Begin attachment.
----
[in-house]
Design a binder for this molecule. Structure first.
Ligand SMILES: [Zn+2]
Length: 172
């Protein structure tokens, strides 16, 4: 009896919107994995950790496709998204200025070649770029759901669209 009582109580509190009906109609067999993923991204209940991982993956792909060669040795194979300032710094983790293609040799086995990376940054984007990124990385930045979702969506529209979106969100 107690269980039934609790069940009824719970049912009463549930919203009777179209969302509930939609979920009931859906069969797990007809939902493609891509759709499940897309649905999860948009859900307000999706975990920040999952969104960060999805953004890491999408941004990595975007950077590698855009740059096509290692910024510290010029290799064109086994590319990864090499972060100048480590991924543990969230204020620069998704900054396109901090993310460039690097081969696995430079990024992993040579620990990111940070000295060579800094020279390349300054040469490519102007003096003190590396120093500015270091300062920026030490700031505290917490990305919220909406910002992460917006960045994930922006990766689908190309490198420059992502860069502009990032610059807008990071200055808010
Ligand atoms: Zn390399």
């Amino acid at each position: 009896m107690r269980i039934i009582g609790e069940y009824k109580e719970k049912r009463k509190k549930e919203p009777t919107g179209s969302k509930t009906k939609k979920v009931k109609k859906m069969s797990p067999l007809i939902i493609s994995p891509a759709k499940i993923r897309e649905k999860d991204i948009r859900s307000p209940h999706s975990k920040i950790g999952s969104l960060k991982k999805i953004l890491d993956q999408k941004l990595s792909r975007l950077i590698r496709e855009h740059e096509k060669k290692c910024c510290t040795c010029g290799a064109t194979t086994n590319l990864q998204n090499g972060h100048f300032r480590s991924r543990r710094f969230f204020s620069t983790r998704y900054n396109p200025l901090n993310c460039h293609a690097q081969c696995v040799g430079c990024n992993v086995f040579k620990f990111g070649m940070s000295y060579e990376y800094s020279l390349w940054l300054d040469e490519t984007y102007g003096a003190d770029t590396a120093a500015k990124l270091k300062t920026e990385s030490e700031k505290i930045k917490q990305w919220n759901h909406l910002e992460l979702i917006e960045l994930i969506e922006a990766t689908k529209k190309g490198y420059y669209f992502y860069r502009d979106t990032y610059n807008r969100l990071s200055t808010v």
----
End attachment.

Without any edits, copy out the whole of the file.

[in-house]
Design a binder for this molecule. Structure first.
Ligand SMILES: [Zn+2]
Length: 172
């Protein structure tokens, strides 16, 4: 009896919107994995950790496709998204200025070649770029759901669209 009582109580509190009906109609067999993923991204209940991982993956792909060669040795194979300032710094983790293609040799086995990376940054984007990124990385930045979702969506529209979106969100 107690269980039934609790069940009824719970049912009463549930919203009777179209969302509930939609979920009931859906069969797990007809939902493609891509759709499940897309649905999860948009859900307000999706975990920040999952969104960060999805953004890491999408941004990595975007950077590698855009740059096509290692910024510290010029290799064109086994590319990864090499972060100048480590991924543990969230204020620069998704900054396109901090993310460039690097081969696995430079990024992993040579620990990111940070000295060579800094020279390349300054040469490519102007003096003190590396120093500015270091300062920026030490700031505290917490990305919220909406910002992460917006960045994930922006990766689908190309490198420059992502860069502009990032610059807008990071200055808010
Ligand atoms: Zn390399």
């Amino acid at each position: 009896m107690r269980i039934i009582g609790e069940y009824k109580e719970k049912r009463k509190k549930e919203p009777t919107g179209s969302k509930t009906k939609k979920v009931k109609k859906m069969s797990p067999l007809i939902i493609s994995p891509a759709k499940i993923r897309e649905k999860d991204i948009r859900s307000p209940h999706s975990k920040i950790g999952s969104l960060k991982k999805i953004l890491d993956q999408k941004l990595s792909r975007l950077i590698r496709e855009h740059e096509k060669k290692c910024c510290t040795c010029g290799a064109t194979t086994n590319l990864q998204n090499g972060h100048f300032r480590s991924r543990r710094f969230f204020s620069t983790r998704y900054n396109p200025l901090n993310c460039h293609a690097q081969c696995v040799g430079c990024n992993v086995f040579k620990f990111g070649m940070s000295y060579e990376y800094s020279l390349w940054l300054d040469e490519t984007y102007g003096a003190d770029t590396a120093a500015k990124l270091k300062t920026e990385s030490e700031k505290i930045k917490q990305w919220n759901h909406l910002e992460l979702i917006e960045l994930i969506e922006a990766t689908k529209k190309g490198y420059y669209f992502y860069r502009d979106t990032y610059n807008r969100l990071s200055t808010v």